An Idea for Education

Describe an idea (yours or someone else's) that you believe could significantly improve education. How would it change education?

As I explore this question, I have in mind that forty-one percent of the over nine hundred freshmen at my school, the largest public high school in Georgia, right now are failing mathematics. Many students today, it seems, are not fully engaged in education, and we are not seeing in those that are the interdisciplinary and intercultural qualities that many professionals suggest must be present for them to successfully navigate our changing reality. To be sure, my proposal does not resolve the myriad factors involved, but it does address this predicament at its core and also the challenges that public education faces broadly.

Earlier this year, Mark Taylor (Columbia) wrote an op-ed piece for the New York Times that I cannot get out of my head. He argues for a curricular reorientation, urging educators to dissolve traditional curricular divisions (eg, math, science, language arts, history) and to reorganize academic knowledge and skills around contemporary global challenges that are inherently more interdisciplinary and intercultural (eg, water, energy, media, et al). I share this vision with two small caveats: first, that we limit the restructuring to avoid unwanted dilution of subject matter, particularly of those highly specialized themes that require laser-focus attention to minutia; and second, that efforts to incorporate more teacher-led small groups into students’ schedules accompany the reorientation.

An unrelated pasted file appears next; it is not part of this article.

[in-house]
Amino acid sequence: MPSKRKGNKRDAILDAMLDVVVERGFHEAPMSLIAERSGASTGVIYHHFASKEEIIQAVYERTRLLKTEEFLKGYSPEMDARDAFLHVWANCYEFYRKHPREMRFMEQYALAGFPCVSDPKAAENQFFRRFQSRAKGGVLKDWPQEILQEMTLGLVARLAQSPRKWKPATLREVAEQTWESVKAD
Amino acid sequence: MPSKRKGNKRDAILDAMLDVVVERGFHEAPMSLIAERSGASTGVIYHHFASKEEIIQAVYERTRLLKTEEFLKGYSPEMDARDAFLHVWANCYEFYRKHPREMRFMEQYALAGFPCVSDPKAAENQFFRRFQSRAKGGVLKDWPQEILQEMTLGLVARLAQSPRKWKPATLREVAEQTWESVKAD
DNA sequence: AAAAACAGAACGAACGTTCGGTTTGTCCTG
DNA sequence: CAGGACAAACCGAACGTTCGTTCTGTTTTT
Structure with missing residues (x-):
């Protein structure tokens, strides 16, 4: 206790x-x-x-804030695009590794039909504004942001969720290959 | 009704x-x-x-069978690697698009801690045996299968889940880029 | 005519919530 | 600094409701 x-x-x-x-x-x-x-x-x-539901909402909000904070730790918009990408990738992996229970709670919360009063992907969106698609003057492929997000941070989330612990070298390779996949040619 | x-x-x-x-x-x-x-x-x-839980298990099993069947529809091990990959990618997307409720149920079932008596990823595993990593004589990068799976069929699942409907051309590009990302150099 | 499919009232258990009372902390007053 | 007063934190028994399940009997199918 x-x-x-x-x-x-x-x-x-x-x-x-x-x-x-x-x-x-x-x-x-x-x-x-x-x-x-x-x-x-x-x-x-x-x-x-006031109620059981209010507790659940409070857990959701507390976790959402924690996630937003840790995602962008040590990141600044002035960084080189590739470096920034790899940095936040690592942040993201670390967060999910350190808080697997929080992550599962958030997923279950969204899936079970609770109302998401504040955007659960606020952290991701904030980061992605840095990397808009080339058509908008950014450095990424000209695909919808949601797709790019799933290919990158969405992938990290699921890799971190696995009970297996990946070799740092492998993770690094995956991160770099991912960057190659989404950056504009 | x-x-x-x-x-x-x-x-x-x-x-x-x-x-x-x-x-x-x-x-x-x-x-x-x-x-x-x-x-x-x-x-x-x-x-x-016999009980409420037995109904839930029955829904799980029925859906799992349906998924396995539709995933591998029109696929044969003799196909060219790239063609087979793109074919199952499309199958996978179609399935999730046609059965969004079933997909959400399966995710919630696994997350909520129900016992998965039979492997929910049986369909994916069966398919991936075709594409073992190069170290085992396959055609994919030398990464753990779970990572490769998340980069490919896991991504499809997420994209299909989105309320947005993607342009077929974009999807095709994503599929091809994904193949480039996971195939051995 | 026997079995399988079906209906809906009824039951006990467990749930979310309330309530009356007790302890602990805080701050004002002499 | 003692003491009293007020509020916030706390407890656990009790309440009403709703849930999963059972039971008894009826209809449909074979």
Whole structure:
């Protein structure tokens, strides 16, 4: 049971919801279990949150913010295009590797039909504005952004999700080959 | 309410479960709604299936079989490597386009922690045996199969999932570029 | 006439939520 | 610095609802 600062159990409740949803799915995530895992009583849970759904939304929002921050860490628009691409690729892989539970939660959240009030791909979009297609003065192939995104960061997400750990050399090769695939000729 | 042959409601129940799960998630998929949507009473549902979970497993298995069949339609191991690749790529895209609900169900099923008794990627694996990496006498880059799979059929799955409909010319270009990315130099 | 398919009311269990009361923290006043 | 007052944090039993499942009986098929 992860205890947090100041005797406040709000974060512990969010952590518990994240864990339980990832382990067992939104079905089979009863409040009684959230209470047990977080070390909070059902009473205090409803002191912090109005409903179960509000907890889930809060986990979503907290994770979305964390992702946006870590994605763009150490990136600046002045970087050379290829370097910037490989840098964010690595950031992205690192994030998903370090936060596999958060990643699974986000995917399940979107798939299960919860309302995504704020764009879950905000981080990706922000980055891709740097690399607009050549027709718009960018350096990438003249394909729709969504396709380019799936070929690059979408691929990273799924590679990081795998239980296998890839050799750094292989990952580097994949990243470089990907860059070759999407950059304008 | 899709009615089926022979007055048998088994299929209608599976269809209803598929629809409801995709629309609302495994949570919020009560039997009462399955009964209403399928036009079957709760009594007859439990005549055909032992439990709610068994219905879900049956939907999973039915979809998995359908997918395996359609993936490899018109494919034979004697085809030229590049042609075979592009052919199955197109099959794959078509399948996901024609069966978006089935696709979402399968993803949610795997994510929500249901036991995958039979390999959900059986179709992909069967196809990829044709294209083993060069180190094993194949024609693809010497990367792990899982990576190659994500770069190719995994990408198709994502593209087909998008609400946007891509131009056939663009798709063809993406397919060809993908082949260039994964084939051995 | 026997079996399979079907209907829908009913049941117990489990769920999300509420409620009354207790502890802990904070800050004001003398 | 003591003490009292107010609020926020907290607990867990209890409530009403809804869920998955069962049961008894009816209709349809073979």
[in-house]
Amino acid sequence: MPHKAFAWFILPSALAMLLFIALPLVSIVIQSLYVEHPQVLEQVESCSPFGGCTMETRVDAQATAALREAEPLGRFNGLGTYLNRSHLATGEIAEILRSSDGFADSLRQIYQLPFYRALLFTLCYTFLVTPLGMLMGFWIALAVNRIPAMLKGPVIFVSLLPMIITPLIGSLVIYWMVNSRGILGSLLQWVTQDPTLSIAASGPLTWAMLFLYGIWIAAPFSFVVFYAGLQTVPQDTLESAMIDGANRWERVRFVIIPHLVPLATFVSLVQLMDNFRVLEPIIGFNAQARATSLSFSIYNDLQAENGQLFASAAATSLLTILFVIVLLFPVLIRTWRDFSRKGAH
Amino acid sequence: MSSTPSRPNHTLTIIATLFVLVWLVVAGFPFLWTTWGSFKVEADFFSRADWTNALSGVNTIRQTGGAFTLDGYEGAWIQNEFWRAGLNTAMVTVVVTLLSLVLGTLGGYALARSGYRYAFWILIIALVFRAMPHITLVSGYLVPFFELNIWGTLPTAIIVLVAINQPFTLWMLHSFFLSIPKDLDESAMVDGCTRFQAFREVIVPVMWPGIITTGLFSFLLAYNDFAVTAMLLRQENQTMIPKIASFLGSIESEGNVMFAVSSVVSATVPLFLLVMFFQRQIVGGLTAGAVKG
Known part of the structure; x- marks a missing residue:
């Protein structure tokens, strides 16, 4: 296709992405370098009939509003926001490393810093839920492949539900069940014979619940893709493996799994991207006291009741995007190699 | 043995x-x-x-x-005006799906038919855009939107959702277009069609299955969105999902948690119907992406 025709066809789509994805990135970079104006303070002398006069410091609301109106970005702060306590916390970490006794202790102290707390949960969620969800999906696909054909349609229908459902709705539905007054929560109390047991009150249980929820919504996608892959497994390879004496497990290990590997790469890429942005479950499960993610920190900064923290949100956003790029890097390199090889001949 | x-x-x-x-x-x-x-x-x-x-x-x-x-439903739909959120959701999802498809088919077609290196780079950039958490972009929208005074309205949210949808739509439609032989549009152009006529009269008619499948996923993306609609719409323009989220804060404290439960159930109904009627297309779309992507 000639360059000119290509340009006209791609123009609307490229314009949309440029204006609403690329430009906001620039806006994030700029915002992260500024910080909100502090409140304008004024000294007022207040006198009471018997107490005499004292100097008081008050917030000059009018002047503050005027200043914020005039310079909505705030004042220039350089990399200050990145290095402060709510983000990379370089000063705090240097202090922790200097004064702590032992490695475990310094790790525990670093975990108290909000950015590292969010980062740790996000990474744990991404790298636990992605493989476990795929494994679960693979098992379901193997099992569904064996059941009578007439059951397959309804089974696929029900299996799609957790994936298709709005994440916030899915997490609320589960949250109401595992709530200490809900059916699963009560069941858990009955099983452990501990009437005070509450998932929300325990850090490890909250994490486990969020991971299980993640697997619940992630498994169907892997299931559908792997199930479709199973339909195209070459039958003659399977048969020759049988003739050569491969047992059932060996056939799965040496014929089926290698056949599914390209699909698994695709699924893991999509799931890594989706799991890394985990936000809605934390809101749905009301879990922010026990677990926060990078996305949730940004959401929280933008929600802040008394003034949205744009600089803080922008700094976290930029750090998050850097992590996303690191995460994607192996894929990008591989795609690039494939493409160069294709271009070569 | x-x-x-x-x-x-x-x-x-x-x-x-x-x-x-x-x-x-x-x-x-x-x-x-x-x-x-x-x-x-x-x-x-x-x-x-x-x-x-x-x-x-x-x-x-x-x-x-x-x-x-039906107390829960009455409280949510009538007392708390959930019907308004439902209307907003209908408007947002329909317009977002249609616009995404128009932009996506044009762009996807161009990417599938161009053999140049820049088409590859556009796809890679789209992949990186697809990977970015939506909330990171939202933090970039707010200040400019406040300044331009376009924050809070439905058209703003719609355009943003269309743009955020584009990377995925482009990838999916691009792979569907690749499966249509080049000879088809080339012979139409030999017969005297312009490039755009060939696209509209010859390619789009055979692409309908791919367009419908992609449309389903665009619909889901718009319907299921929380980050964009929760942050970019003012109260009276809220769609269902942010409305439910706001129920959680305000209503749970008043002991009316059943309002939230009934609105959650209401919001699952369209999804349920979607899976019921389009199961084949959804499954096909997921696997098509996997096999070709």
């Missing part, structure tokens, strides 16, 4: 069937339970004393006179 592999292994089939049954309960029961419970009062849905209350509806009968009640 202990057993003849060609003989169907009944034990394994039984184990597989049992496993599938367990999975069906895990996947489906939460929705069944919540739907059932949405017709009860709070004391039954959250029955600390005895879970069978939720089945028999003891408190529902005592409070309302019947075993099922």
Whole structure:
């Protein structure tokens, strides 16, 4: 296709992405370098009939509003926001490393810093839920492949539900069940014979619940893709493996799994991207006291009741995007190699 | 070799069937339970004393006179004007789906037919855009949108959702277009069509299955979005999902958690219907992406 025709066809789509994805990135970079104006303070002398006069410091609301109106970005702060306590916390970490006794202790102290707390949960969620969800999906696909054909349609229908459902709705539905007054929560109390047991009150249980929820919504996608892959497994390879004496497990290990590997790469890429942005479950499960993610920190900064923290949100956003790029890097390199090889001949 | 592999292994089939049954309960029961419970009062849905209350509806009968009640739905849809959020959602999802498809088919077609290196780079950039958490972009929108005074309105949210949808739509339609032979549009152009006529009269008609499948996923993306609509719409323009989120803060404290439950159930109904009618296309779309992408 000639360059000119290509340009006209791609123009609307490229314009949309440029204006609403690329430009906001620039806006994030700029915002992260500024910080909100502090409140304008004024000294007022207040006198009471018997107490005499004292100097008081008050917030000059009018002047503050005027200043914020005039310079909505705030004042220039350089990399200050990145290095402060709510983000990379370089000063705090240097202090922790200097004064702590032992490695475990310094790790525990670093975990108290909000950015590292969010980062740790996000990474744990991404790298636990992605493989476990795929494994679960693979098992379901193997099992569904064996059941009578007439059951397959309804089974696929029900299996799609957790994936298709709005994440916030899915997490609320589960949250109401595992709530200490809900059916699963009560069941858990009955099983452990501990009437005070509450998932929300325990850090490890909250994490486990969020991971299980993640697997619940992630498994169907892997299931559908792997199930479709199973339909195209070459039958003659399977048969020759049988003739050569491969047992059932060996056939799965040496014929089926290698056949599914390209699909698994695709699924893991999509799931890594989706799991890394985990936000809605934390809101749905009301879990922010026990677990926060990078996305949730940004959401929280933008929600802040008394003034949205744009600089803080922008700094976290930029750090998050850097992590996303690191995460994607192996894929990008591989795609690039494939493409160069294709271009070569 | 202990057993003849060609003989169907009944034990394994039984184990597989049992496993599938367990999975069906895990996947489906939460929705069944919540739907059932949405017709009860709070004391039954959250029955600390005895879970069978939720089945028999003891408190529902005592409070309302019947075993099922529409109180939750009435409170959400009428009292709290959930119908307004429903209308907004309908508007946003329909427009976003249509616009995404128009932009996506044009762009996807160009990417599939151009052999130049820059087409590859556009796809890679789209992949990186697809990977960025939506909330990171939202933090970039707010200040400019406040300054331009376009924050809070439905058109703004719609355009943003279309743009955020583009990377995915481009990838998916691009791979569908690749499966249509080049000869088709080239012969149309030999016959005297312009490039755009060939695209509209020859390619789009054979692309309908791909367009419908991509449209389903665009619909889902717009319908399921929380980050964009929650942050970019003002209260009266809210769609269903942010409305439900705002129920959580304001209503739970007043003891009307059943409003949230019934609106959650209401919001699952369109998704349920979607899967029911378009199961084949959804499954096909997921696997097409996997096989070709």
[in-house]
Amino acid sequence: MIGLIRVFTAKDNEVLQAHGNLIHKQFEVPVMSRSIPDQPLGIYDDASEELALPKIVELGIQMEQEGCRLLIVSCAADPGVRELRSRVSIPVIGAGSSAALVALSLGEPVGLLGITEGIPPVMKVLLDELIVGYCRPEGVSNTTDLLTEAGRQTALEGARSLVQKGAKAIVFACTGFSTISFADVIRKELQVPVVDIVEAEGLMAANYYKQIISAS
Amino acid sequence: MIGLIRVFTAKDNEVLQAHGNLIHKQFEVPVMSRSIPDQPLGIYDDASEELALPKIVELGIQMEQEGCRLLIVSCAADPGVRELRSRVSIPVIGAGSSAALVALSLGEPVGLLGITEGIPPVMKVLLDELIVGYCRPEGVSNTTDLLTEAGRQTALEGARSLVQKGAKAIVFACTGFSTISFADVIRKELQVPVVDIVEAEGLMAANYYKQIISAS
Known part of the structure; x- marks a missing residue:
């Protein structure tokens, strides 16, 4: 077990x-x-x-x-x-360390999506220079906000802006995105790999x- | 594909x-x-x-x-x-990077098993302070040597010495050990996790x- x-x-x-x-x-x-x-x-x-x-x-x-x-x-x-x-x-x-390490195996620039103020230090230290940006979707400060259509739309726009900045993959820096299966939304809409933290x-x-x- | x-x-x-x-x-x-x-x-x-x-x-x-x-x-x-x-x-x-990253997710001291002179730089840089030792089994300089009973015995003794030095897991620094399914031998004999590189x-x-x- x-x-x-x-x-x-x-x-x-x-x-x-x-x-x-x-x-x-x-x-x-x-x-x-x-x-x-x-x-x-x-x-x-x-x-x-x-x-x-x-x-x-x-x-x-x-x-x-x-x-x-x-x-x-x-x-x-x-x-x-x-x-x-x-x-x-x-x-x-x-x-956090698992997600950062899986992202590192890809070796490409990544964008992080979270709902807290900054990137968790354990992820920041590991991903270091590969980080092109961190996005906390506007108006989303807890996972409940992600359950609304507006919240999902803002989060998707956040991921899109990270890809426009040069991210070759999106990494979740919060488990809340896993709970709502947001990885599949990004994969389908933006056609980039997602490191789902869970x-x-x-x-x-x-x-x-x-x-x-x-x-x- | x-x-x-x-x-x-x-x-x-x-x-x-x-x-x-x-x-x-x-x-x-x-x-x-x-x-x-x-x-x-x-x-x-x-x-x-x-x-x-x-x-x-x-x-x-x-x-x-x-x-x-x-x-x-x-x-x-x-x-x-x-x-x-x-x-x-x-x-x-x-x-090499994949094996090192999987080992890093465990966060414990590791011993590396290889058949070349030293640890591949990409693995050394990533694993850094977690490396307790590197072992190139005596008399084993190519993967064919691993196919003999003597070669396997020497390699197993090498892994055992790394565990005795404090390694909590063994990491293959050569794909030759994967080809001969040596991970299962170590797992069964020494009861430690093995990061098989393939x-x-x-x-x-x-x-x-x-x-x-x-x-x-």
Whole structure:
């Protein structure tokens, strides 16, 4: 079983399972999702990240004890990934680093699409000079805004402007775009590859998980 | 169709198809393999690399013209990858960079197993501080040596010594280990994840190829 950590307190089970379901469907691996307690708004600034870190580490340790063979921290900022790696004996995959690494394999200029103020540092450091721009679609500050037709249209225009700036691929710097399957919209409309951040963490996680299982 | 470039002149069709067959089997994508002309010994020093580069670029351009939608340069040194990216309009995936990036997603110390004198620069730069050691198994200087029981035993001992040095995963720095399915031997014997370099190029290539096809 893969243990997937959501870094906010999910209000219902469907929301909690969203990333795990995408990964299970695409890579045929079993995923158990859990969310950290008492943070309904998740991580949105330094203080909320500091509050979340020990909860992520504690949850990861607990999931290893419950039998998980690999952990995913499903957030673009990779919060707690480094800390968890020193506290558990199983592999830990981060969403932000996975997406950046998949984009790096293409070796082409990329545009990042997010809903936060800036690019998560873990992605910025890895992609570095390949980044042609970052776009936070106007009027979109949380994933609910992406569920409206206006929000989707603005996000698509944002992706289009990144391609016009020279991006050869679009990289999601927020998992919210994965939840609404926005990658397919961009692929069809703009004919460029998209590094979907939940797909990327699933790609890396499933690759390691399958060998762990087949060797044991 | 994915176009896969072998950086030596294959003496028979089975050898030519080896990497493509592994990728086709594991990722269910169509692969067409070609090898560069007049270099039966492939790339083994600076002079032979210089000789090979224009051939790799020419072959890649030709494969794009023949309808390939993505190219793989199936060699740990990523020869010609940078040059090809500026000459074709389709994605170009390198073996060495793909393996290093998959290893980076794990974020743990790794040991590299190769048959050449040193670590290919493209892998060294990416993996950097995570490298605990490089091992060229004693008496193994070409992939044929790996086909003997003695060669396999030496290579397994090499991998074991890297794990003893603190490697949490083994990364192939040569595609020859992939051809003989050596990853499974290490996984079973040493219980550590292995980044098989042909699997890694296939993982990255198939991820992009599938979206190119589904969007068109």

Such a program will generate a more engaging curriculum where the connection between class work and real life is more apparent and the possibility of young people contributing solutions to the larger conversation increases. It will also graduate students who more naturally think and operate along multidisciplinary and multicultural lines and are better equipped to address 21st century questions. Even teachers will progress as these new exchanges challenge habits of compartmentalized thinking and break down the intellectual barriers to cross-disciplinary epiphanies that are often snuffed out by rigidly divided curricula. Finally, the incorporation of small groups will increase accountability for learning and the extent to which teachers can mentor their students for the public good.

I see as one possibility refining (and redefining as needed) such a plan during my studies next year. Regardless, I say let us renovate our instructional approach, and drastically. Let us revamp our students’ plan of study, enlarge their experience, and involve them now in the global conversation.

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